# Can the hybridization of edge states in the 1D SSH model be observed numerically?

So I was reading the lecture notes by Asboth on topological insulators . In the first chapter the SSH model is discussed :

$$H_{SSH} = \sum_{i = 1}^N v|i,A\rangle \langle i,B | + h.c. + \sum_{i = 1}^{N-1} w|i,B\rangle \langle i+1,A | + h.c.$$

In the discussion, it is said that the Hamiltonian of the boundary has two edge states, both having zero energy. This is a two-fold degeneracy, which means that any arbitrary superposition of the states are also eigenstates. So there exist no unique eigenstates.

But it is then discussed that the SSH model has an additional chiral symmetry (or sublattice symmetry), this lifts the degeneracy from the eigenstates. This leads to unique zero mode edge state denoted by $$|L\rangle$$ and $$|R\rangle$$. Furthermore, it is discussed that as $$|\langle L|H|R\rangle| \neq 0$$, so these hybridize to form $$|0+\rangle$$ and $$|0-\rangle$$. The energy levels are non-degenrate and are of opposite sign but equal magnitude. The quantity $$|\langle L|H|R\rangle|$$ decreases exponentially with increase in size of the lattice.

Now, if I numerically diagonalize the SSH model (with $$w = 1$$, $$v = 0.5$$) with open boundary condition, I get states like $$|0\pm\rangle$$ for system size from $$N = 20$$ to $$180$$ and for system size from N= 200 to 400 states are like $$|L\rangle$$ and $$|R\rangle$$ as shown in the figure below.

My questions are

1. Are these states obtained for sizes from $$N = 20$$ to $$180$$, due to the hybridization of the $$|L\rangle$$ and $$| R\rangle$$ or is this something arbitrary due to the degeneracy of the states?
2. If yes, why am I getting the change of edge state at around $$N = 200$$? Is this due to the quantity $$|\langle L|H|R\rangle|$$ becoming less than some set precision by the computer (that I am unware of).

Edge state wavefunctions obtained from exact diagonalization for $$N = 20$$ are of the form $$|0\pm\rangle$$

Edge state wavefunctions obtained from exact diagonalization for $$N = 200$$ are of the form $$|L\rangle$$ and $$|R\rangle$$.

Update :

1. I do the diagonalization by constructing the hamiltonian matrix and use a package (armadillo) to get the two eigenvectors in the mid-band range.

2. The lattice of size say M , has M/2 unit cells, each unit cell has two sites A and B. In the graph the red colour is for sublattice A and blue is for B.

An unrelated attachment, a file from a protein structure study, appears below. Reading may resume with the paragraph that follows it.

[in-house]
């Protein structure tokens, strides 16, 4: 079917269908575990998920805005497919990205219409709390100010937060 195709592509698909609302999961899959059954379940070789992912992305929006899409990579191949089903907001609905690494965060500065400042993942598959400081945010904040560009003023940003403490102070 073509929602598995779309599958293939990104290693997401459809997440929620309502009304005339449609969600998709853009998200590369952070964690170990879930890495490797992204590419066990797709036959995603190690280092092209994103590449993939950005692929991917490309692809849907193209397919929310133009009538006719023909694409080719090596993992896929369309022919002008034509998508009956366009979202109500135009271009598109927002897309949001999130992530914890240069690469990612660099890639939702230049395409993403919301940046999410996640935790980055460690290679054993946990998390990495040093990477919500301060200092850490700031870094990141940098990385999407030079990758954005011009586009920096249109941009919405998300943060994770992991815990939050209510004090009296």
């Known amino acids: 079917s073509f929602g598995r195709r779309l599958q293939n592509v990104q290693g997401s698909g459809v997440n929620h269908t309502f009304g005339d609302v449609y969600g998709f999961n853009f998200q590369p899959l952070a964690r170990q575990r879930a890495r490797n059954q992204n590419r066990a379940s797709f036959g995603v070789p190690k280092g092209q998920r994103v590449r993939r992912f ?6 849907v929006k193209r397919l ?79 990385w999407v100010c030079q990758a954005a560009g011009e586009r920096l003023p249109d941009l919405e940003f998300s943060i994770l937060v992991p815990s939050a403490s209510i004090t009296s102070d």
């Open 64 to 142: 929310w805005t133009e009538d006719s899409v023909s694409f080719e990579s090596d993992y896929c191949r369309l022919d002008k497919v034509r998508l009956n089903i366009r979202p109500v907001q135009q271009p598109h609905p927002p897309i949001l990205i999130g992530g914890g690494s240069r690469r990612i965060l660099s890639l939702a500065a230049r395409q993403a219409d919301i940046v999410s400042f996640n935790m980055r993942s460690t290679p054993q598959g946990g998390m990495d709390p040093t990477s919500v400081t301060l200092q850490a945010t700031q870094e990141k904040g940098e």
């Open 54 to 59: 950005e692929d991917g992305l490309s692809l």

3. As suggested in the answer, I did the $$log(|\Delta E|)$$ vs $$M$$ curve, as expected it decreases linearly for a first few values, but after that it behaves a bit arbitrarily. On looking at these values, they are of the order $$10^{-16}$$ to $$10^{-18}$$ and are neither equal to each other nor present in positive and negative pairs with same magnitude.

• At what $N$ does it disappear? Feb 22 at 11:15
• I have checked for N = 20 to 400 (with a gaph of 20), it disapperas from N = 200. Feb 22 at 11:33
• Given that you only show two states and don't say how you get it, it requires some guessing to answer the question (which is not how it should be). In particular, it seems unclear why you would get localized modes in the 2nd case. How do you pick those two states from the spectrum of H? And what does the color indicate? Feb 22 at 12:04
• @Nobert Schuch, I have updated the question with your suggestions. Feb 22 at 13:04

To answer point 1, you should look at the eigenvalues for those two modes: They should be very close, but not the same.

This might very likely also answer 2 -- the hybridization should go down exponentially with N, and thus vanish once the splitting reaches machine precision. A (log-)plot where you plot this splitting vs. $$N$$ should be instructive.

What you have to realize that numerically, there is no preferred eigenbasis in a degenerate subspace -- only if there is a small splitting (i.e., coupling between the almost-degenerate modes, which leads to hybridization) the numerics will pick that eigenbasis.

EDIT, following the updated question:

Machine precision -- the accuracy to which numbers are represented in the compter -- is usually around $$2\times 10^{-16} \approx e^{-36}$$. Anything below that will not be resolved accurately, and you cannot rely on it.

This is precisely the value where your $$\Delta E$$ starts to saturate, and look more or less random. Once $$\Delta E$$ is below that value, you should no longer trust anything which relies on resolving the splitting of the eigenvalues. In particular, the numerics has no way of resolving the approximate degeneracy between the edge modes, and you will get some two vectors (potentially not even orthogonal, depending on your code) spanning that space.

• The eigenvalues from N = 200 onwards, are not equal to each other. They are very small of the order $10^{-16} to 10^{-18}$. The wavefunctions are exactly the ones that are eigenbasis of the chiral symmetry operator. Is this just a coincidence ? Feb 22 at 13:09
• Machine precision is usually around 2e-16. Anything below that will not be resolved accurately, and you cannot rely on it. See the update to the answer. Feb 22 at 14:16
• ... why you get the localized edge modes is a bit mysterious, and likely due to the way the numerics is implemented. Feb 22 at 14:19
• Thank You for the answer. I have another question. When the eigenvalues are so small, should it be considered zero? And in a sense then, should the wavefunction for such system size be considered to be the ones with chiral symmetry? Feb 22 at 16:06
• The only thing which matters is the difference of the eigenvalues. -- Regarding the wavefunction you get, it really depends on the numerical package you are using, which I am not familiar with. I would write the single-particle Hamiltonian and do full diagonalization, then you get the entire information on the spectrum; in that case, I would be surprised if you get specific solutions. Feb 22 at 18:57